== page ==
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"Kiss Them For Me"

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Character's Name: Cmdr Andy Crewson
Release Date:  December 10, 1957
Director: Stanley Donen
Studio:  20th Century-Fox
Running Time: 102 minutes

Cast: Cary Grant (Crewson), Jayne Mansfield (Alice), Suzy Parker (Gwenneth), Leif Erickson (Eddie Turnbill), Ray Walston (Lt. "Mac" McCann), Larry Blyden (Mississip), Nathaniel Frey (C.P.O. Ruddle), Werner Klemperer (Commander Wallace), Jack Mullaney (Ensign Lewis)

- by Zoë Shaw
Crewson, Mac and Wallace have four days' shore leave in San Francisco. They devote their brief leave to wine, women and song....

- Jeff Lang
Some people look at Kiss Them For Me as one of Cary's worst films. Personally, I enjoy the film each time I see it, but I can see how a few of its critics' complaints are substantiated. Kiss Them For Me is the story of three navy officers that con themselves a shore leave to San Francisco during WW II. While there, they go through many different situations trying to outsmart their superiors so that they can stay as long as possible. Along the way they happen upon a delightful variety of people. Cary is Commander Andy Crewson, the voice of the group who happens to fall in love with the fiancée of a tycoon that wants the officers to be spokespersons for his company. After several failed attempts to give speeches for the tycoon, the threesome find themselves in trouble with the shore patrol. Like I mentioned, I like Kiss Them For Me. There is one thing, person actually, that annoys me throughout this movie. Suzy Parker and her narcoleptic delivery style is enough to put you to sleep. She is totally wooden throughout the picture, not even showing emotion until close to the end, which by then, you already hate her.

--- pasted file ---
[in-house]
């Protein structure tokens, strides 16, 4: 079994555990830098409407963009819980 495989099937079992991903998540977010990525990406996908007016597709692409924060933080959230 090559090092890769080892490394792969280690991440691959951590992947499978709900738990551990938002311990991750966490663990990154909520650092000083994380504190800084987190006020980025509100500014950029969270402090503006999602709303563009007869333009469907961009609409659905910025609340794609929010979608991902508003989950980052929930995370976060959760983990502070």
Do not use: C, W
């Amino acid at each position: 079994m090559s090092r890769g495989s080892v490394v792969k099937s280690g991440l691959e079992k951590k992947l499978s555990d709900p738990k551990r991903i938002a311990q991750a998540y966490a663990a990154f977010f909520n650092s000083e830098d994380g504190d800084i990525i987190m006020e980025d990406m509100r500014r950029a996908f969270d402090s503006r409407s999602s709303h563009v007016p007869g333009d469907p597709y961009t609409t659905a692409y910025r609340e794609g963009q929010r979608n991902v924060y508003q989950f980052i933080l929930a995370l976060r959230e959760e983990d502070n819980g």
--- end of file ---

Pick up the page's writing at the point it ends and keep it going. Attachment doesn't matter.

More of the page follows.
The main saving graces of the movie are the interaction between three crew members. Usually throwing parties in their suite, the three characters draw you in. Another saving grace would have to be Jayne Mansfield. Without her, the only notable female in the film would be Suzy Parker and we just can't have that! Jayne's flirtations with the three men are some of the funniest parts of the film. There is that one squealing scene though, but it's short enough that it shouldn't bother you too much. In the end, Kiss Them For Me does the job that any good movie should do, capture your attention. When you watch this movie, you forget about everything else whether you enjoy this film or not, you'll just wish Suzy Parker was forgotten as well.

VARIETY Film Review - November 6, 1957
- by "Kap"
- submitted by Barry Martin